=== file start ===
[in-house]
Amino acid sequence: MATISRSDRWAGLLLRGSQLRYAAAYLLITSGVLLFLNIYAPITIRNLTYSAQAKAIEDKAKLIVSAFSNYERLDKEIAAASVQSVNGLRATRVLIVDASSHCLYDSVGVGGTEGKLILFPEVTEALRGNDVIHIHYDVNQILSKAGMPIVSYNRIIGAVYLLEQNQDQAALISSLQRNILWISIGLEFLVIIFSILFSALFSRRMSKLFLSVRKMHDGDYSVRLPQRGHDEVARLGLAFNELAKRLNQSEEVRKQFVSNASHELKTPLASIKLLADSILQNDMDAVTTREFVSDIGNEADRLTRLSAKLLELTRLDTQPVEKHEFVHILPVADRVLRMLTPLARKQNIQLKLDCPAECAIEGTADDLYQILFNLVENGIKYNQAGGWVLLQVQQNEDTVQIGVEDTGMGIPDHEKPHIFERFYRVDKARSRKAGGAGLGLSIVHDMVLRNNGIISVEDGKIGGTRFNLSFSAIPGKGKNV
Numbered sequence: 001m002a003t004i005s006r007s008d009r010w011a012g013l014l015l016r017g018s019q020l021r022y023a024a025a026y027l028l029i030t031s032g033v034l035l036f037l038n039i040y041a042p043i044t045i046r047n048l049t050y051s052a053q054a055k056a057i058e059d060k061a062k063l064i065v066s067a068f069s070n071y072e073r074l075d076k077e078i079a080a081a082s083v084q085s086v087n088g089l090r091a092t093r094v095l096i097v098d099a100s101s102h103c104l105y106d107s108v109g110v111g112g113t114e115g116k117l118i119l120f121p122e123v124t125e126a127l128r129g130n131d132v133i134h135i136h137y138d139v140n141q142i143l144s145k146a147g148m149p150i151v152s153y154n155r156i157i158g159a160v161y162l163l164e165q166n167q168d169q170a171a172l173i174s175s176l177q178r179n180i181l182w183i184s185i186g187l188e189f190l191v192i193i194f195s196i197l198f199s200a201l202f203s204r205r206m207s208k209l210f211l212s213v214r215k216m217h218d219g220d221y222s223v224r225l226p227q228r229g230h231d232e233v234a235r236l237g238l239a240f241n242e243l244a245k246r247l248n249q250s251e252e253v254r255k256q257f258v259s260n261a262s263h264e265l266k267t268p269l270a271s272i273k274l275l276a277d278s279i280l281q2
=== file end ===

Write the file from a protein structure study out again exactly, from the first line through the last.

[in-house]
Amino acid sequence: MATISRSDRWAGLLLRGSQLRYAAAYLLITSGVLLFLNIYAPITIRNLTYSAQAKAIEDKAKLIVSAFSNYERLDKEIAAASVQSVNGLRATRVLIVDASSHCLYDSVGVGGTEGKLILFPEVTEALRGNDVIHIHYDVNQILSKAGMPIVSYNRIIGAVYLLEQNQDQAALISSLQRNILWISIGLEFLVIIFSILFSALFSRRMSKLFLSVRKMHDGDYSVRLPQRGHDEVARLGLAFNELAKRLNQSEEVRKQFVSNASHELKTPLASIKLLADSILQNDMDAVTTREFVSDIGNEADRLTRLSAKLLELTRLDTQPVEKHEFVHILPVADRVLRMLTPLARKQNIQLKLDCPAECAIEGTADDLYQILFNLVENGIKYNQAGGWVLLQVQQNEDTVQIGVEDTGMGIPDHEKPHIFERFYRVDKARSRKAGGAGLGLSIVHDMVLRNNGIISVEDGKIGGTRFNLSFSAIPGKGKNV
Numbered sequence: 001m002a003t004i005s006r007s008d009r010w011a012g013l014l015l016r017g018s019q020l021r022y023a024a025a026y027l028l029i030t031s032g033v034l035l036f037l038n039i040y041a042p043i044t045i046r047n048l049t050y051s052a053q054a055k056a057i058e059d060k061a062k063l064i065v066s067a068f069s070n071y072e073r074l075d076k077e078i079a080a081a082s083v084q085s086v087n088g089l090r091a092t093r094v095l096i097v098d099a100s101s102h103c104l105y106d107s108v109g110v111g112g113t114e115g116k117l118i119l120f121p122e123v124t125e126a127l128r129g130n131d132v133i134h135i136h137y138d139v140n141q142i143l144s145k146a147g148m149p150i151v152s153y154n155r156i157i158g159a160v161y162l163l164e165q166n167q168d169q170a171a172l173i174s175s176l177q178r179n180i181l182w183i184s185i186g187l188e189f190l191v192i193i194f195s196i197l198f199s200a201l202f203s204r205r206m207s208k209l210f211l212s213v214r215k216m217h218d219g220d221y222s223v224r225l226p227q228r229g230h231d232e233v234a235r236l237g238l239a240f241n242e243l244a245k246r247l248n249q250s251e252e253v254r255k256q257f258v259s260n261a262s263h264e265l266k267t268p269l270a271s272i273k274l275l276a277d278s279i280l281q2